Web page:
Hooray--It's Swarm Season!
Typically swarms start in the late spring and are based on a combination of several factors that include overcrowding, where the hive is
full of honeycomb containing nectar and brood eggs; or an old queen that isn’t laying enough eggs; panic swarms that could be triggered by lack of foraging material (i.e. food) and warm weather after a wet winter can all trigger swarms. Spring swarms are typically bigger; about 3-5 pounds (football to basketball size) and can be super special...like this one shaped as a heart we got from a local winery.
Here on the California Central Coast in and around San Luis Obispo and Paso Robles, we see swarms beginning in March and running thru July. We’ve even had very late swarms this past November, which were most likely due to the very dry summer and fall, so the girls were hungry and thirsty and desperate to relocate. Regardless, we are always ready with gear and our trusty ’66 Ford F250 (aka--Lola Mae).
Swarm Team in Action
For us, we love swarms and use them to bolster our various apiaries around the county. Here’s a look at the process on one of our recent swarm removals. This one was called in from a group of Frisbee Golfers at a local park. We got the call and assembled our tools including our temporary relocation Nuc (pronounced "Nuke," which is a heavy wax-cardboard hive with 5 frames), and our “custom” butterfly net we’ve re-purposed to help us catch swarms that are high up. We obviously also have our hats with a net, white long-sleeve shirt and gloves and large pruning shears to cut branches. For the record we don’t typically use any smoke. In this case, the swarm was bigger than a football (at least 3 pounds) and up about 10 feet above the ground:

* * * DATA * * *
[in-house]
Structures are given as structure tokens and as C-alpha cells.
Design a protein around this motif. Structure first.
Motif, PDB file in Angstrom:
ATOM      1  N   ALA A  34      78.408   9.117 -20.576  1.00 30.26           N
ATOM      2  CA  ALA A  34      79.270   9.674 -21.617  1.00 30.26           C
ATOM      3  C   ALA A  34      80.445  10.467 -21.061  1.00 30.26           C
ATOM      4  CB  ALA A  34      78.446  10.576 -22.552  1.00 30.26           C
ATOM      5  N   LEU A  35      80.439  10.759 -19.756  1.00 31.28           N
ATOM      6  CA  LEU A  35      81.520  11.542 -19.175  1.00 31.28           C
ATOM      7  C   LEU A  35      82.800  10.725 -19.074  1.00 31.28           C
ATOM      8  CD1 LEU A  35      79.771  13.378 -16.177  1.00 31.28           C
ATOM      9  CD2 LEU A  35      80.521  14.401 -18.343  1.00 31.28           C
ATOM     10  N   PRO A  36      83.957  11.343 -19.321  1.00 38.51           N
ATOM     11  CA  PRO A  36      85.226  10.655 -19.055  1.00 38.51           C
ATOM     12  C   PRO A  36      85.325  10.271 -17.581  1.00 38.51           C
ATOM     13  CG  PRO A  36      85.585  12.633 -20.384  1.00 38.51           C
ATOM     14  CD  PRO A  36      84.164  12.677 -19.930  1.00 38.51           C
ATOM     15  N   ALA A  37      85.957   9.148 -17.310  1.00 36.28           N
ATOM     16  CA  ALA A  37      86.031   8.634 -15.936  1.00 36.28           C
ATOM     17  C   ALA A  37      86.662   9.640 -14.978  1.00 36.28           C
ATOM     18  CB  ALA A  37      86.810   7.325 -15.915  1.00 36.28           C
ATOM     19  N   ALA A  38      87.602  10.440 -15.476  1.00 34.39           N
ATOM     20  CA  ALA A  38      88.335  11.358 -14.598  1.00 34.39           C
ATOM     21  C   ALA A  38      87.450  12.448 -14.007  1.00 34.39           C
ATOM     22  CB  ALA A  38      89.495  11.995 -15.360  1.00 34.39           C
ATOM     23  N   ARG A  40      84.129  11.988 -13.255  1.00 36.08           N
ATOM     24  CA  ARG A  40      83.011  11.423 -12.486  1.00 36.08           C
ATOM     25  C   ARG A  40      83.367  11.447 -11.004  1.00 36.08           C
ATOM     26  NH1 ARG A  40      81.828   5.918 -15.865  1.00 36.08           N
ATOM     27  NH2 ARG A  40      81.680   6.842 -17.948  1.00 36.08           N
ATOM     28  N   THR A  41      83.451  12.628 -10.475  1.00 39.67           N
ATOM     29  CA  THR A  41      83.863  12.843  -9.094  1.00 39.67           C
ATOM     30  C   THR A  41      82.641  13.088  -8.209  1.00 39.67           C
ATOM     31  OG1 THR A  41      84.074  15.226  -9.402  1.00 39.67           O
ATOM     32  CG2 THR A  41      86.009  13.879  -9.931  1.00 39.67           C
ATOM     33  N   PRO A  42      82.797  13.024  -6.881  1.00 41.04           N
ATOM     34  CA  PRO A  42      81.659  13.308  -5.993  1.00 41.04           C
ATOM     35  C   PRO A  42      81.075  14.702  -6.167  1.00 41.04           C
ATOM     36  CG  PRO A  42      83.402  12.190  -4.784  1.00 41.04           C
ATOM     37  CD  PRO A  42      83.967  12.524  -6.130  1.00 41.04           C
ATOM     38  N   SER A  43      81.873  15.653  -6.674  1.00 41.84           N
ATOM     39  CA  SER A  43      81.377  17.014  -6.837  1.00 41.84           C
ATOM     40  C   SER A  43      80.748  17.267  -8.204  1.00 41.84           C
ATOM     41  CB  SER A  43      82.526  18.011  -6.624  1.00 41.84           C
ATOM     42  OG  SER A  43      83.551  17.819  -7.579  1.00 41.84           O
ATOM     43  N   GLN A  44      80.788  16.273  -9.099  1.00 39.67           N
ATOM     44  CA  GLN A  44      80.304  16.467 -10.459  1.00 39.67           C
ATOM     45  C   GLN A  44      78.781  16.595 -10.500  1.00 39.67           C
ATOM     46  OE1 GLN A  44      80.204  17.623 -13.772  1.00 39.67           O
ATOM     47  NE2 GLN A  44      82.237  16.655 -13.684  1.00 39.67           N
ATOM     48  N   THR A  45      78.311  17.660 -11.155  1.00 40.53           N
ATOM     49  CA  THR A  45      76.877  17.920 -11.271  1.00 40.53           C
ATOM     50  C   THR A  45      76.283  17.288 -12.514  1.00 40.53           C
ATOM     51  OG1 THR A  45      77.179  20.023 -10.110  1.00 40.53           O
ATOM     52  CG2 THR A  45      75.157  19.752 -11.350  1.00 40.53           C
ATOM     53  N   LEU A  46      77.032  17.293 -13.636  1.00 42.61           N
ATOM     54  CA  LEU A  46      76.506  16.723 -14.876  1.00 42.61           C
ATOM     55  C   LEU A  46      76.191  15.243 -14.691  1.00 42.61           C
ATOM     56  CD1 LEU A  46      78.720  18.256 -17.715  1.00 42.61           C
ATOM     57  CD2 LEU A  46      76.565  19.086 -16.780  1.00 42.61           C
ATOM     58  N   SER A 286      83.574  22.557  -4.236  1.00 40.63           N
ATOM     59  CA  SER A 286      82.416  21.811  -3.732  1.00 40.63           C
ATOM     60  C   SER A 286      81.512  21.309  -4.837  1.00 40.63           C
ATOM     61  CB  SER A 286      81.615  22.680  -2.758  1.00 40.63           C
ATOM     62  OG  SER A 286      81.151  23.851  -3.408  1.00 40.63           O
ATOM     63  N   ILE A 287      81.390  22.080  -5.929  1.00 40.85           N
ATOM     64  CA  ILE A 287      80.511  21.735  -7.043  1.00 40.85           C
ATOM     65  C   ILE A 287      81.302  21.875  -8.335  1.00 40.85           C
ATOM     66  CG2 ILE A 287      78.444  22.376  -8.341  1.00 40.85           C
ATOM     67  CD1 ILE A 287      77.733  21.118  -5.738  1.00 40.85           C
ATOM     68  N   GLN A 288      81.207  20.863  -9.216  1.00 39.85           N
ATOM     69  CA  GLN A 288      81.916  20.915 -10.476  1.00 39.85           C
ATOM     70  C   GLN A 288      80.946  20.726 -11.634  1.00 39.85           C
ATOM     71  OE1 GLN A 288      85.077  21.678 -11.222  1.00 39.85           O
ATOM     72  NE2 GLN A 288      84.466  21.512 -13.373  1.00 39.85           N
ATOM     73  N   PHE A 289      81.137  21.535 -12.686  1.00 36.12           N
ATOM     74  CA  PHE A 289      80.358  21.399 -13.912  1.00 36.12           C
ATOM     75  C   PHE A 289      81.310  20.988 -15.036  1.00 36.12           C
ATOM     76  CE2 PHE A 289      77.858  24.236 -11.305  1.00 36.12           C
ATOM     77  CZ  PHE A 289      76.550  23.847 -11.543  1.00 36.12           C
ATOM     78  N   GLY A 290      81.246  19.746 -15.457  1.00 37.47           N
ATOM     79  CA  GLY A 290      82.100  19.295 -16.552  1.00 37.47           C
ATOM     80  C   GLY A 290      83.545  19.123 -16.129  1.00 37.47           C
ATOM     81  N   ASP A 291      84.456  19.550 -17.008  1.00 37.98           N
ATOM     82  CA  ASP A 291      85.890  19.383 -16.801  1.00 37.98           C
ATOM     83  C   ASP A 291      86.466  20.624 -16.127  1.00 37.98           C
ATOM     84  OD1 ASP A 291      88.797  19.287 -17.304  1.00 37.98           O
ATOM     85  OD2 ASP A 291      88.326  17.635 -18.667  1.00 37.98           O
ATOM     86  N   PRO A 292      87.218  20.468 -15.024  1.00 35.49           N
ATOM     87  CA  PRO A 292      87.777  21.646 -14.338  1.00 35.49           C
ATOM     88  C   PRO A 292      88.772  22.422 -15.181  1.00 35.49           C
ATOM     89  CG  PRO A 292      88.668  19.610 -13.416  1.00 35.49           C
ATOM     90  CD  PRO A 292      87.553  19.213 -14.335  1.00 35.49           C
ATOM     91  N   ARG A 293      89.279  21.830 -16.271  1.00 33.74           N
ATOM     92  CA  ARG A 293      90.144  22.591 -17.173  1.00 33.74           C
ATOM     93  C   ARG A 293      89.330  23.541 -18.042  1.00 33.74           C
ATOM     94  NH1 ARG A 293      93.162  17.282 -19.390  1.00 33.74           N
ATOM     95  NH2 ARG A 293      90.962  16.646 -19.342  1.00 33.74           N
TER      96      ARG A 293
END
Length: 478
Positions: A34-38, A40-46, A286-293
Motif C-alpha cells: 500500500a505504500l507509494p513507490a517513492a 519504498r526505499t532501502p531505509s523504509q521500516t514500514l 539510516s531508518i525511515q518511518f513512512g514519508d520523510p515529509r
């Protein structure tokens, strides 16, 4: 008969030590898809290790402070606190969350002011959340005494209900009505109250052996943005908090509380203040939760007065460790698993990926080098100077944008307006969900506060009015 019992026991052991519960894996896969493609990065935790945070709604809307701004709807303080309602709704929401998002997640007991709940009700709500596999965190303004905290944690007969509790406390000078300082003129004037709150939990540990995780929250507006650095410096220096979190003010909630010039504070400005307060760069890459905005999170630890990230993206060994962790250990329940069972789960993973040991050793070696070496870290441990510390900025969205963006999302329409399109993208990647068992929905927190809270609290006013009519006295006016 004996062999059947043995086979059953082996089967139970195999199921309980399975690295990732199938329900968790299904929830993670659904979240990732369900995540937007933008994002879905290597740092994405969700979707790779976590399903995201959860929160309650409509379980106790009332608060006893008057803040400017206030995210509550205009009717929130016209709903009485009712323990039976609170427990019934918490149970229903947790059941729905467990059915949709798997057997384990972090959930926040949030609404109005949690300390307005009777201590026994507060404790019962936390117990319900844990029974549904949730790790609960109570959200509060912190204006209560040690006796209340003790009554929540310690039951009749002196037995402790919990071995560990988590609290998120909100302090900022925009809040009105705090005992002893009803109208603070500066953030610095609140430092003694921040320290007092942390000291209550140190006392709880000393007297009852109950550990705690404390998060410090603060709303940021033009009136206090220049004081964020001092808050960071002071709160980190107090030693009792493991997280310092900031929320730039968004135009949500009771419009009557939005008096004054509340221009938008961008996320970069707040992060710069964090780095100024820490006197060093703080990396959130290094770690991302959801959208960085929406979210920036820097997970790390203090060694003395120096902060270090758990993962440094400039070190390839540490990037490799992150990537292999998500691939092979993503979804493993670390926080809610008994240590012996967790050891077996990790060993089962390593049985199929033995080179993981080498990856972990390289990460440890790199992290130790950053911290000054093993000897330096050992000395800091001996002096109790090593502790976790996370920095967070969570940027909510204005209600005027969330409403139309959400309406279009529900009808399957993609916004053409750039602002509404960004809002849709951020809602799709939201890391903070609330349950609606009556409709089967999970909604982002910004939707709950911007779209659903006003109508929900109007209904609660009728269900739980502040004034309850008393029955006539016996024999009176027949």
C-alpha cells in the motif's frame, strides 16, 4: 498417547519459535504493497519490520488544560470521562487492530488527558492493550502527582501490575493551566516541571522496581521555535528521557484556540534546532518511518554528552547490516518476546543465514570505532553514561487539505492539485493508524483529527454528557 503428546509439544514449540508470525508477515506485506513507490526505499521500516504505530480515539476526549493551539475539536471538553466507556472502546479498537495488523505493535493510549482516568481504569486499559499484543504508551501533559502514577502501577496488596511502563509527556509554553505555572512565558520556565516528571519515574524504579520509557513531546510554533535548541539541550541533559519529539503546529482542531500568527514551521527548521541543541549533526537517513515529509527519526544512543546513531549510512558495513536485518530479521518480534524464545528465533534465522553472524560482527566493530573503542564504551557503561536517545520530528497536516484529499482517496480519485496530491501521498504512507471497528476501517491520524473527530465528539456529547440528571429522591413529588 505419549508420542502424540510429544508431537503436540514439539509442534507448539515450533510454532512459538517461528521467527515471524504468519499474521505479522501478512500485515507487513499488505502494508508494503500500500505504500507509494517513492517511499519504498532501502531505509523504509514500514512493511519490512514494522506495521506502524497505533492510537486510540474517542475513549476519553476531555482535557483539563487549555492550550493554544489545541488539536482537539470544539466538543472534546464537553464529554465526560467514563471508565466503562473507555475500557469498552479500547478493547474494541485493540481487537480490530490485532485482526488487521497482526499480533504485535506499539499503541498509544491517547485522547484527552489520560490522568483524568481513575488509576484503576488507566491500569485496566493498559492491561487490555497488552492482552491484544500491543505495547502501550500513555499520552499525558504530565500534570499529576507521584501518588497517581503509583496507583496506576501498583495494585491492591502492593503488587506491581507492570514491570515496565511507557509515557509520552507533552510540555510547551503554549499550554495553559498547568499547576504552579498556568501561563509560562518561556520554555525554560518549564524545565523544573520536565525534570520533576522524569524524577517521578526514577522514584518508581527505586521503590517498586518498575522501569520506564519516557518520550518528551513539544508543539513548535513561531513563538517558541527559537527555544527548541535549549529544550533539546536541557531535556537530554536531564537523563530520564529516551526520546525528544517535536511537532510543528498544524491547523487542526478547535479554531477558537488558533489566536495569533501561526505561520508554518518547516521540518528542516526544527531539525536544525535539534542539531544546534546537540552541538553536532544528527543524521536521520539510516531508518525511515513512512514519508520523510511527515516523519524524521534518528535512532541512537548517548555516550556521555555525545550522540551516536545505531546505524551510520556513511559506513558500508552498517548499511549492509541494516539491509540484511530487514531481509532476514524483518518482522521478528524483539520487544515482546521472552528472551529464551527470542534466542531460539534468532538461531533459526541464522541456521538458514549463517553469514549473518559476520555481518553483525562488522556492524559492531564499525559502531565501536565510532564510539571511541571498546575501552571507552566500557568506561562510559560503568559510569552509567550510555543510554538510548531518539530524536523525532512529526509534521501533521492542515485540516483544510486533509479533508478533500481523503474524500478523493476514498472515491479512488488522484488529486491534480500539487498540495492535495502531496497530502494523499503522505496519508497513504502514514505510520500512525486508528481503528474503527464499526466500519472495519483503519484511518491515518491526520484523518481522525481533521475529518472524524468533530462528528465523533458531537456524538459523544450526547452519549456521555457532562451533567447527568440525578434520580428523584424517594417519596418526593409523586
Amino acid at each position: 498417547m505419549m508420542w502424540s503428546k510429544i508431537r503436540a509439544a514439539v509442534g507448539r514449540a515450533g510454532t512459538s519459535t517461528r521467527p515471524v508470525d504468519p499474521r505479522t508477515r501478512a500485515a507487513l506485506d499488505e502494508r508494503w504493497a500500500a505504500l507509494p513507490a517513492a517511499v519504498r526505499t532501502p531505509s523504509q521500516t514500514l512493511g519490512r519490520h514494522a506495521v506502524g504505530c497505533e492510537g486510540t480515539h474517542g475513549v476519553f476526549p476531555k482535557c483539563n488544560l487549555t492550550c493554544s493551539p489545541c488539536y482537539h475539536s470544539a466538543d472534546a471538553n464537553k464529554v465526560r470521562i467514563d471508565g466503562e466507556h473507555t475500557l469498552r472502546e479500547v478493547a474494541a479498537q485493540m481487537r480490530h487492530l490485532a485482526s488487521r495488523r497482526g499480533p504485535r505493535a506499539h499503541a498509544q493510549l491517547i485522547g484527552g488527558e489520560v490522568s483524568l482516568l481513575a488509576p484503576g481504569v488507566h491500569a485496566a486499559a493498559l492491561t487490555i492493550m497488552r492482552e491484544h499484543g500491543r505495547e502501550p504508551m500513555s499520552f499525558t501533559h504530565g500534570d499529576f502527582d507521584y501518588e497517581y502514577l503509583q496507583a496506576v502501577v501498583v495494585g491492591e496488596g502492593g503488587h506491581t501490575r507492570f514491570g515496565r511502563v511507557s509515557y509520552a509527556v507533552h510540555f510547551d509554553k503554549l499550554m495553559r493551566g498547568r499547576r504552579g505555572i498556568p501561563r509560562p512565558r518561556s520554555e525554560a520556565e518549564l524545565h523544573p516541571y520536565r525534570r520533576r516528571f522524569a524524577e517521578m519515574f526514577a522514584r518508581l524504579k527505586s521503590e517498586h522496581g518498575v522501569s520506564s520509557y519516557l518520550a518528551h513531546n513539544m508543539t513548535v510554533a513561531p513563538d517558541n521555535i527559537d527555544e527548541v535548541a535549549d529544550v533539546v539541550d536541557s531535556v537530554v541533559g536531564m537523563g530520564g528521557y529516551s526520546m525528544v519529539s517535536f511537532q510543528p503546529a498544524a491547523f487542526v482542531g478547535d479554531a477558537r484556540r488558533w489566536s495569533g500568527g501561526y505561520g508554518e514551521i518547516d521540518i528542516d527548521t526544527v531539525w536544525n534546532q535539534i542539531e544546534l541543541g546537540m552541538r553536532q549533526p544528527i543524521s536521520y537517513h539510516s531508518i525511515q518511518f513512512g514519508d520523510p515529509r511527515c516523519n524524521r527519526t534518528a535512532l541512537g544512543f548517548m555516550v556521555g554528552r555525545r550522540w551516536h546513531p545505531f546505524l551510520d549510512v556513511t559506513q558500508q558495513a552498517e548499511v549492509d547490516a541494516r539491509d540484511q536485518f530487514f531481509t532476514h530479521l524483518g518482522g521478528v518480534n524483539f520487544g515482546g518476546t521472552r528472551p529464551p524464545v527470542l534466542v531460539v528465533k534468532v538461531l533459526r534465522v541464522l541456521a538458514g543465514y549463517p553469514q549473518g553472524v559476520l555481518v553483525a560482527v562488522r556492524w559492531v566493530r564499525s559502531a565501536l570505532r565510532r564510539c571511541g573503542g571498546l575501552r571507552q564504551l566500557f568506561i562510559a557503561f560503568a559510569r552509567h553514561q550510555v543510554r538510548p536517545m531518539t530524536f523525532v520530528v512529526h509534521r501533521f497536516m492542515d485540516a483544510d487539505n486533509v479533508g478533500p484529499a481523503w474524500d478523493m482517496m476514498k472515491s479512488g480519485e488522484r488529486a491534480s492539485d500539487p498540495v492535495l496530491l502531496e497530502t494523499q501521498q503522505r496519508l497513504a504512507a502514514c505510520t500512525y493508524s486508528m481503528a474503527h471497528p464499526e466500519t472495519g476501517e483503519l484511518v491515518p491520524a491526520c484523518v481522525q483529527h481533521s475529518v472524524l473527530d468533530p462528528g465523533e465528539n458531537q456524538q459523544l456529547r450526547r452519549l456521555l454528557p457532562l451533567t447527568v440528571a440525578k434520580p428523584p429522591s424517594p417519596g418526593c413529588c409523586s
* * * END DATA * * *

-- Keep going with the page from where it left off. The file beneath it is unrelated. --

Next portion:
You can see that the swarm didn’t go too far from their original hive (which is typical of an early-season swarm):
Since Martha was on her own, there aren’t any action shots of her scooping the hive into the net. In this case, she simply place the net close to the Swarm Nuc ("Nuke") and the bees crawled in on their own (lured in part by some honeycomb already in place on the frames):
Once we were positive the queen was inside (a sure sign since most of the bees all went quickly into the swarm box), the entry hole was closed off and we took them off to their new Apiary at the Zoo To You Education Center. There the bees were transferred from the Swarm Nuc to the new hive:
Since there wasn’t any new comb built, we fed the girls some sugar water and gave them some recent honey-filled comb (in the cans seeping thru a fabric covered hole…like a hummingbird feeder):
Now the hives are very active and very healthy. And one of the bonuses for the girls at Zoo to You is the fact that the zoo blasts music on outdoor speakers to help keep the animals company including this crazy guy:
Call us direct on the swarm hotline at 805 Four-Two-Three- Six529. (Gotta keep the bots out of our hair). Or shoot us an email!
We have a ton of pictures documenting our various activities capturing swarms, helping the bees and making and selling our honey. Take a look at our Facebook Albums and our Instagram account. Let us know what you think.